After the Tenth Circuit remanded the case back in 2007, the trial court ruled that the plaintiffs had not proven that any of the actions of the CEO/ERISA fiduciary, Michael Devine, caused any loss to the ERISA plan. The court basically said that even if Devine's actions were not carried out with an eye solely in the interests of the plan participants and beneficiaries as ERISA requires, there was no proof that the breach of fiduciary duty caused the underfunding of the ERISA plan. In July of this year, the Tenth Circuit affirmed the trial court's decision.
Left unstated by both the trial court and Tenth Circuit is just what proof could have been presented to establish the causal link the trial court and the Tenth Circuit demanded of plaintiffs in this case. We had shown that in the few months before the plan was terminated and the plan sponsor declared bankruptcy, Devine authorized the payment of over a million dollars to the owners of the company, his mother, aunts and uncle for their personal use. That was undisputed. The response by the trial court was, essentially, "given the dire financial condition of the company, how do I know that if the money hadn't been paid to Devine's family members, the money would have been paid into the underfunded medical plan?" The answer is quite obvious: ERISA's higher-than-marketplace fiduciary standards required that Devine, acting as the plan fiduciary, would, should and could have pressured Devine with his CEO hat on to completely fund the plan.
Our argument, both to the trial court and on appeal, was that once we had established a breach of fiduciary duty, the burden properly shifted to Devine to prove that his breach of fiduciary duty did not cause a loss to the plan. As a practical matter, it's quite clear that whoever bears the burden of proof on causation, or lack of causation, of loss to an ERISA plan from a breach of fiduciary duty has a real uphill battle in presenting the proof necessary to carry their burden. A number of other cases have held that once a breach of fiduciary duty is shown, it is only fair that causation be inferred and that the burden of showing no causal connection between the breach and a loss to the ERISA plan be shifted to the breaching fiduciary. But the trial court rejected that argument and the Tenth Circuit avoided facing it head on.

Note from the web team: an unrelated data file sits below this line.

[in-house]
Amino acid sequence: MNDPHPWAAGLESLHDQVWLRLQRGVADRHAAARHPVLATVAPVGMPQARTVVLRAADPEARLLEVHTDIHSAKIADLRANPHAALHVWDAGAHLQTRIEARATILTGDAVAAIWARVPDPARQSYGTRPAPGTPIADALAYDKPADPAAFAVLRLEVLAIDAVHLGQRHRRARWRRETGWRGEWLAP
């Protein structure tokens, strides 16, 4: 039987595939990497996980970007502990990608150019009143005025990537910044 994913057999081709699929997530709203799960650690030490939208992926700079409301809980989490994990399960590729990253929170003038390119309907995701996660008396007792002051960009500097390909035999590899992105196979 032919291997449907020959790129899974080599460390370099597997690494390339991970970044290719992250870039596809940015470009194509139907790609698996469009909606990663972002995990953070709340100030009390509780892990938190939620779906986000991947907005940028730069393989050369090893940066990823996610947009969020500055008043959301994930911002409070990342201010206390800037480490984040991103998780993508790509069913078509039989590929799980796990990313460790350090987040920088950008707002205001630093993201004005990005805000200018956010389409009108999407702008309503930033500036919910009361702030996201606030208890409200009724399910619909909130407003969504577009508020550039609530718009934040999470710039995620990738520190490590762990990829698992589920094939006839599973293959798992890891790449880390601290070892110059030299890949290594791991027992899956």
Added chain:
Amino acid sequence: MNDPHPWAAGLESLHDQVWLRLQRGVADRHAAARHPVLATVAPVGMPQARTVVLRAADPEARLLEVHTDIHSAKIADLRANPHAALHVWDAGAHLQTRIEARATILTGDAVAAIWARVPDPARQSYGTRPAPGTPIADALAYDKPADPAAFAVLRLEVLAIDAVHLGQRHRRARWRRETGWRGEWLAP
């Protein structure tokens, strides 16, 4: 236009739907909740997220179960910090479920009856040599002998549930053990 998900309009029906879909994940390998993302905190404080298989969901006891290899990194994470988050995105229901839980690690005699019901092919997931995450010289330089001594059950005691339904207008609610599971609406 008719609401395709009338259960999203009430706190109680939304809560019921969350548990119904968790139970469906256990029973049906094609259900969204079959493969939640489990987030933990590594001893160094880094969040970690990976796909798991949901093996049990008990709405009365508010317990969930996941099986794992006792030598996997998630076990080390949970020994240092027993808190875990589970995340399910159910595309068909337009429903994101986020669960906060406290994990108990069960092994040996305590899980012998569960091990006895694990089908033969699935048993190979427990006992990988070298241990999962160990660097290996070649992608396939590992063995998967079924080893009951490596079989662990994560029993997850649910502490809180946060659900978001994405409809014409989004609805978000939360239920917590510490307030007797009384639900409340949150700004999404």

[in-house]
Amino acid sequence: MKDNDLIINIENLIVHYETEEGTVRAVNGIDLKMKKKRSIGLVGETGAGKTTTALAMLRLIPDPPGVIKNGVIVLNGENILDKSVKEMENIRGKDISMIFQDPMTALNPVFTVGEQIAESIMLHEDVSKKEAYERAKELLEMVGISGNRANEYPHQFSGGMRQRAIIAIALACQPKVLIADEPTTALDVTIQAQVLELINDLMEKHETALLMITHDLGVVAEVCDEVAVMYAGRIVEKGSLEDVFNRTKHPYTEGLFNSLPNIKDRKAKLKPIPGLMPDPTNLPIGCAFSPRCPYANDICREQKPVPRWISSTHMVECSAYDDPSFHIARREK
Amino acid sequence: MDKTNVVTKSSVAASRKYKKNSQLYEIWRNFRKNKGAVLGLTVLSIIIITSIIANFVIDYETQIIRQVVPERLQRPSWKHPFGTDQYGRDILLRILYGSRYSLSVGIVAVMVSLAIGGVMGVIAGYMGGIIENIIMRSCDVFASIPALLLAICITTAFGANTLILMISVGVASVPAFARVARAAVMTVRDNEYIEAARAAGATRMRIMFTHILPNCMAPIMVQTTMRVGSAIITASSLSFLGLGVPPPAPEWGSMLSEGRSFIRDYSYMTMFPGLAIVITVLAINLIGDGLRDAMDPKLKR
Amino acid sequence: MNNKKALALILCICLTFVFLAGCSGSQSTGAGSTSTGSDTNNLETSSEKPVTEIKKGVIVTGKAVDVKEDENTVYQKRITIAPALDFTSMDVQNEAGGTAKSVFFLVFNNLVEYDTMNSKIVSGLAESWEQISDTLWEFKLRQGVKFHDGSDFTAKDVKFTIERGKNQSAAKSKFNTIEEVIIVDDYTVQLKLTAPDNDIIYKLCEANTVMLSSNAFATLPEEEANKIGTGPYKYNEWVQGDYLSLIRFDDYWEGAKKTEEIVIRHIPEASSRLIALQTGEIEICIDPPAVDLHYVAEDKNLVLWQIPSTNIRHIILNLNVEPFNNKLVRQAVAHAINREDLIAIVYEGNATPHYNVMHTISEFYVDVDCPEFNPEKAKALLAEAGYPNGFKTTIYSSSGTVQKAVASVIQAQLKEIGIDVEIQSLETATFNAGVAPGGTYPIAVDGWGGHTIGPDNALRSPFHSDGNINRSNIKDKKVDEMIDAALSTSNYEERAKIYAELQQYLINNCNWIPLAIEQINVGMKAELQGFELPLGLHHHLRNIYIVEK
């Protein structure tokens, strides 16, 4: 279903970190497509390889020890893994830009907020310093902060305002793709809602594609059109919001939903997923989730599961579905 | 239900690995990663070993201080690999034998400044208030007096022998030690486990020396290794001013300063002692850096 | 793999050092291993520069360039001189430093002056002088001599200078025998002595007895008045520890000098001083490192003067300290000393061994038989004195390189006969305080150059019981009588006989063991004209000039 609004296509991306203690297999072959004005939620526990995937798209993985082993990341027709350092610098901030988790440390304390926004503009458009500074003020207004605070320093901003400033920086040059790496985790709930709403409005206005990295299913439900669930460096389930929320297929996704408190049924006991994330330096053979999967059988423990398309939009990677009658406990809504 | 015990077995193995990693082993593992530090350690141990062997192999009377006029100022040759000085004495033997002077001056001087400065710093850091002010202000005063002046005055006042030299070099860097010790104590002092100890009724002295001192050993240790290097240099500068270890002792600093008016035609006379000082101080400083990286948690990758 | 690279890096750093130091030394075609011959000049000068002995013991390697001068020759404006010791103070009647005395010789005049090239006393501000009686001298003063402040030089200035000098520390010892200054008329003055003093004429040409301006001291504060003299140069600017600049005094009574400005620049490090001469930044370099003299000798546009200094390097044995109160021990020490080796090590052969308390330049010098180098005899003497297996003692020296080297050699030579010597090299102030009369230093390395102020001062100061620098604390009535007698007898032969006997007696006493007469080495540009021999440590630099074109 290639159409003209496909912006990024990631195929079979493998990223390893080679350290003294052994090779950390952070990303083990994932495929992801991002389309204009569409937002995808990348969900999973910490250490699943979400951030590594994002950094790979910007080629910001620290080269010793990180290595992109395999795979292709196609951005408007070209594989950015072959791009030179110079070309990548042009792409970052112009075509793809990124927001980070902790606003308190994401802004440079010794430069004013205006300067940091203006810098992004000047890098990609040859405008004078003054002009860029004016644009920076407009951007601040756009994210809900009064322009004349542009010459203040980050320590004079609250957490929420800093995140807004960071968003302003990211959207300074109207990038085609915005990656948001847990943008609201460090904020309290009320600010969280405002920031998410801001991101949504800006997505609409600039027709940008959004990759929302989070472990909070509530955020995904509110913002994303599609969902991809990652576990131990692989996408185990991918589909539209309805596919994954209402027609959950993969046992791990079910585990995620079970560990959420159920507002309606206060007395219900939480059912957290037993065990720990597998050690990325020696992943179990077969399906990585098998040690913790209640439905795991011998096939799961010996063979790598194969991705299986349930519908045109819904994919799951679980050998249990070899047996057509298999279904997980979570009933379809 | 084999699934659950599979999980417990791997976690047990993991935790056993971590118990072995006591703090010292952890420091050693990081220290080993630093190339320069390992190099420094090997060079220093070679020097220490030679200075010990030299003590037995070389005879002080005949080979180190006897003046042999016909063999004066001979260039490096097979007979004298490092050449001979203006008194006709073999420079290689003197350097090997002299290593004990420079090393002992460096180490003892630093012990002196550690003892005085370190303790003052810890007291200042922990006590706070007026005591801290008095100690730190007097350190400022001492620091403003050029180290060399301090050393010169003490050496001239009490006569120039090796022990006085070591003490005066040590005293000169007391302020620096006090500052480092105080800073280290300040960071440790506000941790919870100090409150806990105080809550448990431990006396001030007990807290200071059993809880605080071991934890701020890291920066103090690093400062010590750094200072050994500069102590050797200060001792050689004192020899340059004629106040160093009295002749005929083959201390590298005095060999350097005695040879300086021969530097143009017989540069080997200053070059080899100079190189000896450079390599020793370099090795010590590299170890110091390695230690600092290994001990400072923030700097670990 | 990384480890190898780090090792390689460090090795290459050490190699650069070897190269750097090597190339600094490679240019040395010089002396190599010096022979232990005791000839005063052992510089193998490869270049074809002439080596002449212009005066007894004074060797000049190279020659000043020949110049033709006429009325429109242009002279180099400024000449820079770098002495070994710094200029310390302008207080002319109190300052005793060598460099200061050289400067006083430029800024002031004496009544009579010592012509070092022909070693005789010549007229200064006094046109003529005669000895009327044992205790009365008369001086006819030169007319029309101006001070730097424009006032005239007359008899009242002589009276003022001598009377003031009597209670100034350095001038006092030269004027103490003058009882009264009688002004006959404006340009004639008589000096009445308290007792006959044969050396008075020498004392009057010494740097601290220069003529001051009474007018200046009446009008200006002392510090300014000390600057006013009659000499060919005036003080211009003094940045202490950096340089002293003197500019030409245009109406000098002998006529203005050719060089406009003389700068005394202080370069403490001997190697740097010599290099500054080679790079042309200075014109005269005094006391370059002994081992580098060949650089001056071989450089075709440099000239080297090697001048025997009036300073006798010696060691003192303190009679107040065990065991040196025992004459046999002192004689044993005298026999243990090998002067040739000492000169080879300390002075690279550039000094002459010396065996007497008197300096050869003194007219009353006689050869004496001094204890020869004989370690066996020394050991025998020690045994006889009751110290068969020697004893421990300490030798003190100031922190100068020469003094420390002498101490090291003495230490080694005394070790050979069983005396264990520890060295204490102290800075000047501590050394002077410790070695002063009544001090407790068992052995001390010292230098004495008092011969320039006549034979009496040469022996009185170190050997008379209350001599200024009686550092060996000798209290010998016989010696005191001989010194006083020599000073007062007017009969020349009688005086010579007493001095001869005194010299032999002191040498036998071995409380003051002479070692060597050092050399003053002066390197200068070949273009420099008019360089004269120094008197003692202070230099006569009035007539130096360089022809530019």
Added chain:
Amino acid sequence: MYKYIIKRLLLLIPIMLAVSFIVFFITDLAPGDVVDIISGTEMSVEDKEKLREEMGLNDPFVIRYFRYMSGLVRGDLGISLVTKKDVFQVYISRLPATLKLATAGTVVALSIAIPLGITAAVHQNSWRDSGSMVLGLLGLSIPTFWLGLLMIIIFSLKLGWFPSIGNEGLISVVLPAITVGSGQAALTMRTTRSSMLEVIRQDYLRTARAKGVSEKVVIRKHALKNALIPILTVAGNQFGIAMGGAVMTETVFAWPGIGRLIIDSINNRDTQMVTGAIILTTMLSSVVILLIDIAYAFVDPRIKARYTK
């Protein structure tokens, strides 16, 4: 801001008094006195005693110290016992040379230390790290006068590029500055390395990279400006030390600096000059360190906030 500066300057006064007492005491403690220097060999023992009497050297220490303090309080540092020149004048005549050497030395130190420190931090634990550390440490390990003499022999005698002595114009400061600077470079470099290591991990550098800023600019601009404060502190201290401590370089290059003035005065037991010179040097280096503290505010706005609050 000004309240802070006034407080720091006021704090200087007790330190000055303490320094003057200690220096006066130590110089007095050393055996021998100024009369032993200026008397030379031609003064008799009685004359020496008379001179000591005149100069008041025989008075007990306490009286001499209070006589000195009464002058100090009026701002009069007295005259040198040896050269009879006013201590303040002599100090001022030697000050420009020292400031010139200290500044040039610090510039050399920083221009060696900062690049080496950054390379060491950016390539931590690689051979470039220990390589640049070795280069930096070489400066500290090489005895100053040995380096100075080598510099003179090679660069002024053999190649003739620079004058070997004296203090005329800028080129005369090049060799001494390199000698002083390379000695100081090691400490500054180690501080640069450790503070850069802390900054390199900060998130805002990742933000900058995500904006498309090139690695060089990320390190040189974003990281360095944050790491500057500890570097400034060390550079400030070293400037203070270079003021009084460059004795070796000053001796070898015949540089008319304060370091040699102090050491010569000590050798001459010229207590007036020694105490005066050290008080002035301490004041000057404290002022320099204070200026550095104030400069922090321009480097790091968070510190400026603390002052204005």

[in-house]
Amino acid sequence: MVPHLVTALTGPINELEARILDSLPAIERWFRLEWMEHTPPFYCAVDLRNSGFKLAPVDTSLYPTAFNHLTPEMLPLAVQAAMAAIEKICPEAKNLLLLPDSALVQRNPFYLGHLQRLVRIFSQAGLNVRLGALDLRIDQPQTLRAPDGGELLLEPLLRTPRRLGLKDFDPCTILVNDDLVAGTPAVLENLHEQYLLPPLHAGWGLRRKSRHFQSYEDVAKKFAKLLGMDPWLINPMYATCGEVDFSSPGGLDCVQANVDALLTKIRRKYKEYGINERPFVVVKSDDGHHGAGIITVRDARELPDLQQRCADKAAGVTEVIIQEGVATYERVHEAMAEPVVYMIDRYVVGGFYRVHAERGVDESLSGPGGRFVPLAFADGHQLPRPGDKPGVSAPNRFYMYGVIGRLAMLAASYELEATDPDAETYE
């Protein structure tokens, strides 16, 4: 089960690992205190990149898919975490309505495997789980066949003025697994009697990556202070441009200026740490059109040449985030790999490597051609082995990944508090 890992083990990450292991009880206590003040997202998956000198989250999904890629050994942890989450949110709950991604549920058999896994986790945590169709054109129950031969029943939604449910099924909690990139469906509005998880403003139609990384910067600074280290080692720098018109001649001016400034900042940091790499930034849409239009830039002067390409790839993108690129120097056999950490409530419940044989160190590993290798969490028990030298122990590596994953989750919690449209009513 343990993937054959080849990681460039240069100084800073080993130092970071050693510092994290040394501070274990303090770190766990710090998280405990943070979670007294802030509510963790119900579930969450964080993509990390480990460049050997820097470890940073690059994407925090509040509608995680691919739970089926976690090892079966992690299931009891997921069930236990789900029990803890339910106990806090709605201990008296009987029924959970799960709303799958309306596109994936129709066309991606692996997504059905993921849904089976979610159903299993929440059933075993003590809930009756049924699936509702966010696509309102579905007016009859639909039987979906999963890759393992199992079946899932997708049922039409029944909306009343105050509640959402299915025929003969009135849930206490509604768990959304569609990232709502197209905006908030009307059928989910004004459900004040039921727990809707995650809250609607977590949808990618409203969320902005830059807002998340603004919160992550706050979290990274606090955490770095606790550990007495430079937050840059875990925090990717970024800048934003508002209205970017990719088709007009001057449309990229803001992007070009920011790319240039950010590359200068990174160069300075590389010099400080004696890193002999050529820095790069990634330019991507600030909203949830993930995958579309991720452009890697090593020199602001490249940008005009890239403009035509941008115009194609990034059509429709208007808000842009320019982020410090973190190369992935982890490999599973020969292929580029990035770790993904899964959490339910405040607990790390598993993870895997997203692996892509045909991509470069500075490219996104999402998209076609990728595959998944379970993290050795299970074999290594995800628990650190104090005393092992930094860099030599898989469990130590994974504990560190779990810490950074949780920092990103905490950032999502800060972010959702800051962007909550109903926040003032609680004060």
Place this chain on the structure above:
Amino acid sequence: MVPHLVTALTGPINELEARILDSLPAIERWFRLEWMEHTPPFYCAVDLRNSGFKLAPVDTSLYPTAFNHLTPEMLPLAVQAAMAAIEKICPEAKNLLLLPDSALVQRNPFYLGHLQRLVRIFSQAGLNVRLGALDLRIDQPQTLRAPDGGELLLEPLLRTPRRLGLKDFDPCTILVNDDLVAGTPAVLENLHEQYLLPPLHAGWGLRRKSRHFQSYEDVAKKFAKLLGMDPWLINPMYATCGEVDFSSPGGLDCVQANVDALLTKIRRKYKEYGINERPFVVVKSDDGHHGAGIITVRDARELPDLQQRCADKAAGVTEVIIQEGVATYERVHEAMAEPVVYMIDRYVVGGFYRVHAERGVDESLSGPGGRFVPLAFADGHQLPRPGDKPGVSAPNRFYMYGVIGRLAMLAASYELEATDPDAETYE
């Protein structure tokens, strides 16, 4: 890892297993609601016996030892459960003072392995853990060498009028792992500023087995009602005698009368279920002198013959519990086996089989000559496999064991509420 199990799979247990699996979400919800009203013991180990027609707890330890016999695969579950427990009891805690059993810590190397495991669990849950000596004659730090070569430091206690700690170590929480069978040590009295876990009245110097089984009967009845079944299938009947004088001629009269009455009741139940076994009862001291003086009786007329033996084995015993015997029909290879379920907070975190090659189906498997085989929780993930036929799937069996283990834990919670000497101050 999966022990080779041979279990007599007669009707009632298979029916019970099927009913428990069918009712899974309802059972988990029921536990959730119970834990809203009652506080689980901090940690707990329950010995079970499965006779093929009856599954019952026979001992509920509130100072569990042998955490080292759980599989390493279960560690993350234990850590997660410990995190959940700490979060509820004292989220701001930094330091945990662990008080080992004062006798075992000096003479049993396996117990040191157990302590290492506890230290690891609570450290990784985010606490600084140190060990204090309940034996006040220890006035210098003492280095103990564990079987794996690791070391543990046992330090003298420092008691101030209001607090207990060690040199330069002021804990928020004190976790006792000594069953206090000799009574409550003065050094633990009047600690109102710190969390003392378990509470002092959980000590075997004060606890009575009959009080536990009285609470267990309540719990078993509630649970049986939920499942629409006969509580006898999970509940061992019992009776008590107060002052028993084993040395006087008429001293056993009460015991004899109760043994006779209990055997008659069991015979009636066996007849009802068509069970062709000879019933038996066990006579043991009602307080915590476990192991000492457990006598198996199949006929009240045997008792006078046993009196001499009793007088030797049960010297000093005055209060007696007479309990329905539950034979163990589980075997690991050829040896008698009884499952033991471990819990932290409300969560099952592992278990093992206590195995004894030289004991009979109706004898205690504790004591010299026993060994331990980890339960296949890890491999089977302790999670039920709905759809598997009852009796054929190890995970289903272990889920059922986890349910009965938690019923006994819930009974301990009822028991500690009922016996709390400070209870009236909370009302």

We always felt that the trial court, inexplicably, had tremendous sympathy for Michael Devine which colored the court's view of the case. Devine, of course, tried to present himself as a guy who, despite difficult financial circumstances, was just trying to do the best job he could and that it was unfair to saddle him with any judgment. Ignored by the court was the hardship Devine's actions caused the plan participants and beneficiaries, the egregious ignorance and lack of proactive behavior Devine demonstrated as an ERISA fiduciary, Devine's own self dealing with his familiy members and the fact that an insurance policy existed to cover all losses arising out of Devine's breach of fiduciary duties. Apparently, the tears Devine shed at trial about the grief he felt for the hundreds of employees and their family members who were on the hook for unpaid medical bills were real to the Judge.
We now have reason to think that Mr. Devine may not have been quite so deserving of any sympathy. Earlier this week the Salt Lake Tribune carried this article about new allegations that cast doubt on Michael Devine's trustworthiness with other people's money.
ERISA was meant to protect America's workers and their family members. Decisions like Holdeman v. Devine make a mockery of that purpose. I refuse to live in a country where the state of the law is like this. And I'm not leaving.
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